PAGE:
You’re driving to a friend’s house. Your phone is in your bag on the passenger seat. While waiting at a red light, you hear the unmistakable sound of a text message and see the screen’s light shining up at you invitingly. The light is still red, and you might have time to read it. You reach over and grab the phone. It’s your friend asking if you’re bringing your partner. You’re not, and you feel the need to reply. Now the light is green, so you cradle the phone in one hand and steer with the other, typing as many characters as you can between quick glances at the road. Your mind is trying to both answer and drive, and meanwhile, you’re spelling everything wrong and getting frustrated. Continue reading →
In light of a recent report, Ontario police are cracking down on dangerous driving during the upcoming Thanksgiving weekend. This is the first Thanksgiving since the Ontario government passed stiffer penalties for distracted driving, which include up to $1,000 in fines and three demerit points.
The report describes the main causes of traffic-related casualties between 2011 and 2015, and states that the great majority of the 1,507 deaths on the road Continue reading →
Today CBC news published an article titled “Inconsistent radar testing casts doubt on validity of millions of speeding tickets”. For your reference, see the article written by Marnie Luke, Lori Ward, and CBC News here: www.cbc.ca/news/canada/speeding-tickets
This article has gained some traction through social media today, and is starting to become a topic of conversation in some circles. It is very important that in reading this article, we take this information with a grain of salt and understand what this means in a practical sense to anyone who unfortunately finds themselves charged with a Speeding offence. Continue reading →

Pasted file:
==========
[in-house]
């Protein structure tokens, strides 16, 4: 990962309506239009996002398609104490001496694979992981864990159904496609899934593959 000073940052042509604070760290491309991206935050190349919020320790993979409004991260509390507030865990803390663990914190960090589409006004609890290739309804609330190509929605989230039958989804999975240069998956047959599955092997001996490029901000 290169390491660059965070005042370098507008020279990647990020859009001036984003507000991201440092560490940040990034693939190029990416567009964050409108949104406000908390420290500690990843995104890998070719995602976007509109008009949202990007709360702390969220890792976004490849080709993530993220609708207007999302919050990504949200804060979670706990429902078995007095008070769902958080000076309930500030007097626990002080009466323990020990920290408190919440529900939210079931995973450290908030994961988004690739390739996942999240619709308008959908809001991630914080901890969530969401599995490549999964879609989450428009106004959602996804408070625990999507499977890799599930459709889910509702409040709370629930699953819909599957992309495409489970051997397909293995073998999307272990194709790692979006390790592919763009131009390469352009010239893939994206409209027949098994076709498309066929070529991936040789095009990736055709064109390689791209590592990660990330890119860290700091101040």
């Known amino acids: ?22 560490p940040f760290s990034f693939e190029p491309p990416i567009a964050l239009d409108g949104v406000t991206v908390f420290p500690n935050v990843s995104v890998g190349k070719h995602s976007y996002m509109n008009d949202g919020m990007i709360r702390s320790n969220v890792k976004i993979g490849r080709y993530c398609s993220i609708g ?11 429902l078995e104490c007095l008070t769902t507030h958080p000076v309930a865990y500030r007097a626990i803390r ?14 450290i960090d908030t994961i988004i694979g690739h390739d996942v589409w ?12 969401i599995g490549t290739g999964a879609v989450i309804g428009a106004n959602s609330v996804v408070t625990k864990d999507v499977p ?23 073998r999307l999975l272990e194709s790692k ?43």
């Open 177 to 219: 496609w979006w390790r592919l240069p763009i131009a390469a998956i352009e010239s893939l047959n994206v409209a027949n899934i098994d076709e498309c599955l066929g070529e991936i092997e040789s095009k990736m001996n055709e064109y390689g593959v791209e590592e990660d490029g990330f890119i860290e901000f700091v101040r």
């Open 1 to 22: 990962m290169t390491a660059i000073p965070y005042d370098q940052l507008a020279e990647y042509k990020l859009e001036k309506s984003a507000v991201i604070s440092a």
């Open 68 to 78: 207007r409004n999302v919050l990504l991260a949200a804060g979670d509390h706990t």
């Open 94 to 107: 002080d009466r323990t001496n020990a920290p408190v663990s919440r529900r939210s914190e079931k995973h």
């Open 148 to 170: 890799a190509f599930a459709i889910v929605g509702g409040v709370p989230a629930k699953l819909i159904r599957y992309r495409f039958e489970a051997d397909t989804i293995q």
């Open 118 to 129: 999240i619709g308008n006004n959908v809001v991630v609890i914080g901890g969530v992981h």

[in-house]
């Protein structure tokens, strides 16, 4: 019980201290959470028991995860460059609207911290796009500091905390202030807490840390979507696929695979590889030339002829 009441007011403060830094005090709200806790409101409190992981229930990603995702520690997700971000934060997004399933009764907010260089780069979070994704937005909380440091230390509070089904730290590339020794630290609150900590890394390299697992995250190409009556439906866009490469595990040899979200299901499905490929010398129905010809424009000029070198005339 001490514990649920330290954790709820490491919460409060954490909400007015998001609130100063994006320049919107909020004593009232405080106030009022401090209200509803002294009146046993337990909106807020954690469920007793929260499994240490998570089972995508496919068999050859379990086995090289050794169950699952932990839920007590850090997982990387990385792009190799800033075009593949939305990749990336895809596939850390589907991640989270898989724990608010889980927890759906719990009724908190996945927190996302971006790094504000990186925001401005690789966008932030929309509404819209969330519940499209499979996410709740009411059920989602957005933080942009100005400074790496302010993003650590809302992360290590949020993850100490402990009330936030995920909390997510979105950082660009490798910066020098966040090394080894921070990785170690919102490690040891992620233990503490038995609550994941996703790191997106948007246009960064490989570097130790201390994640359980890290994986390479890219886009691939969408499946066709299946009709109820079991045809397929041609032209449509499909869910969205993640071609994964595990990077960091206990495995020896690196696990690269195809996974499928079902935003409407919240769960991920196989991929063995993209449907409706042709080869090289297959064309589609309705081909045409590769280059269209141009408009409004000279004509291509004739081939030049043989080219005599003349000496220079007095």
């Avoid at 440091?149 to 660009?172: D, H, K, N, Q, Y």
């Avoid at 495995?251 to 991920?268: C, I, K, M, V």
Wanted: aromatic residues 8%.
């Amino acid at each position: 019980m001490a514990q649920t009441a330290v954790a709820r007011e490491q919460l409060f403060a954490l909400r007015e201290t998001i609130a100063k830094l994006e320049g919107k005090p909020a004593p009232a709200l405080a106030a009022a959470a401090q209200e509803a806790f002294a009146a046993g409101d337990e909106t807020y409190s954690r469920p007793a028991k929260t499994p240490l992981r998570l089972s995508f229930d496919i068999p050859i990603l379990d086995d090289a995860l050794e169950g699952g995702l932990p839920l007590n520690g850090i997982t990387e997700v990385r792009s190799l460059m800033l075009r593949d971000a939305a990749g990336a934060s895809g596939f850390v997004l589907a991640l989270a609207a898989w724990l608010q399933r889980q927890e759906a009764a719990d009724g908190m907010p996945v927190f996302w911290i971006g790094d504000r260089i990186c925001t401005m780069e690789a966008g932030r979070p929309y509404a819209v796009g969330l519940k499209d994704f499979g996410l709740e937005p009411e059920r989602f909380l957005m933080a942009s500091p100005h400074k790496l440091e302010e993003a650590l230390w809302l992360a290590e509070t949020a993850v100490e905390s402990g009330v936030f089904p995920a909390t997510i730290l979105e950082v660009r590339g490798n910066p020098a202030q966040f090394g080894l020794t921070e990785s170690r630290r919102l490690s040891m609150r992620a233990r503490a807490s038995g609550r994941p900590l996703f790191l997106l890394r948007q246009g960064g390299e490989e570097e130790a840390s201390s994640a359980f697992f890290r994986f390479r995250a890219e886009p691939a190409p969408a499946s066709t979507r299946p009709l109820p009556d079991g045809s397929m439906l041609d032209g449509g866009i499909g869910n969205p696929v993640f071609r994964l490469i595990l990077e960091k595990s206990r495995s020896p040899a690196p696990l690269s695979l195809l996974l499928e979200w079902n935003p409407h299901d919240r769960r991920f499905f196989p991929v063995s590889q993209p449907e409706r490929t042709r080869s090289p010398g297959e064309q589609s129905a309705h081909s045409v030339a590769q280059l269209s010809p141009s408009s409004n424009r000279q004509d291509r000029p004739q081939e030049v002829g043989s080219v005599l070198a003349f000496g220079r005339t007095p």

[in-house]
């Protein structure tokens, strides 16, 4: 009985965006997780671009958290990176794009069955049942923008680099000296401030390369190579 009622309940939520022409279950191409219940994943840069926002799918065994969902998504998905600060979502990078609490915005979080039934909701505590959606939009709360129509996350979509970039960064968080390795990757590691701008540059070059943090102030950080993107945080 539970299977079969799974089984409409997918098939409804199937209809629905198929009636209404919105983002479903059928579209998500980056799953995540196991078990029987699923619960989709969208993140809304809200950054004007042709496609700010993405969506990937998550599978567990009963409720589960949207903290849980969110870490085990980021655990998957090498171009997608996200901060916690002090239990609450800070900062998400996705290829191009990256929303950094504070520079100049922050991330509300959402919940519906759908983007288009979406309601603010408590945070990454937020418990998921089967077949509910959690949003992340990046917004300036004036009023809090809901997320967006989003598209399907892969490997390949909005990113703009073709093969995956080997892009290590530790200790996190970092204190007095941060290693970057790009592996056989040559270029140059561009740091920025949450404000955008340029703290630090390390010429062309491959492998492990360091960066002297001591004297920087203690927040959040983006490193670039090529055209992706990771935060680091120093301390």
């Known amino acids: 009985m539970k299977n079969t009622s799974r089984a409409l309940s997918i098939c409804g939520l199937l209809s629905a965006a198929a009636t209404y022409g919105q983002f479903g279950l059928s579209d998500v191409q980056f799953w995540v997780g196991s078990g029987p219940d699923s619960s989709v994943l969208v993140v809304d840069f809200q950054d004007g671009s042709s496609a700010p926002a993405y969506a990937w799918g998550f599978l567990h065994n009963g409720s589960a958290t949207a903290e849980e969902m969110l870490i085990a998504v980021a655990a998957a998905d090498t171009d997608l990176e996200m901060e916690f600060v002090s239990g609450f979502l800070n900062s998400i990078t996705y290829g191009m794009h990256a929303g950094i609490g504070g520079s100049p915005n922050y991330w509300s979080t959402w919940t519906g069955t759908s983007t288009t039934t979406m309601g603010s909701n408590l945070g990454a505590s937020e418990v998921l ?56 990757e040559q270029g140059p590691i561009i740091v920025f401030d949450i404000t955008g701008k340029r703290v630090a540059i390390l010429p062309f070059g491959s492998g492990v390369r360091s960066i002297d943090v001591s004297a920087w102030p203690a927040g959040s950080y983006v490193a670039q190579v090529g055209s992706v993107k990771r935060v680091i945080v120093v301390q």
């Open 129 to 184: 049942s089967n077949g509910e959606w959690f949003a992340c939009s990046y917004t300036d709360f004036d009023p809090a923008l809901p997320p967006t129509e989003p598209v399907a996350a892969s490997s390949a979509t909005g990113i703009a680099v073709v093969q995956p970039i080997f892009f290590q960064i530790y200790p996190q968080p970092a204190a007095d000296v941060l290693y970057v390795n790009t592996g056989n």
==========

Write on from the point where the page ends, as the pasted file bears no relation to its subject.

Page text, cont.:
In Ontario, doctors are required by law to report anyone over 16 who they believe is not able to drive safely due to a medical condition. They file their report with the Ministry of Transportation, which may then request more information, or may suspend the license without need for further evidence. Some of the more common conditions that lead to a medical suspension include alcohol/drug abuse, epilepsy, diabetes, and major vision problems, among others. The timeline and necessary steps for getting a license reinstated depends on the severity and nature of the condition, and will require proof that the driver has taken these steps and can now drive safely.
Distracted driving is becoming a more prevalent problem on today’s roads, and more responsible for crashes than ever before. If you consider yourself a multi-tasking genius, taking a look at some statistics will turn you off distracted driving. It only takes one second of distraction to miss something important; the guy slamming on his breaks in front of you, the cyclist taking a hard left across your lane of traffic, or the pedestrian stepping out into traffic without a pedestrian walk. It’s the driver’s responsibility to be aware enough to react to unforeseen events on the road ahead. Are you guilty of being distracted? Check out Part 3 of our series for ways to break the habit! Continue reading →
X-Copper Law Firm
If you have a ticket or criminal charge and need help please Reqeust a Free Quote. One of our helpfull representatives will contact to help!
This website and its information is not legal advice, nor is it intended to be. Please consult a legal services provider (Lawyer or Paralegal) for advice about your individual situation. Please contact us by electronic mail, telephone or in person. Contacting us through this website does not create a lawyer/paralegal-client relationship. Until a Lawyer or Paralegal-client relationship is established, please withhold from sending any confidential information to us.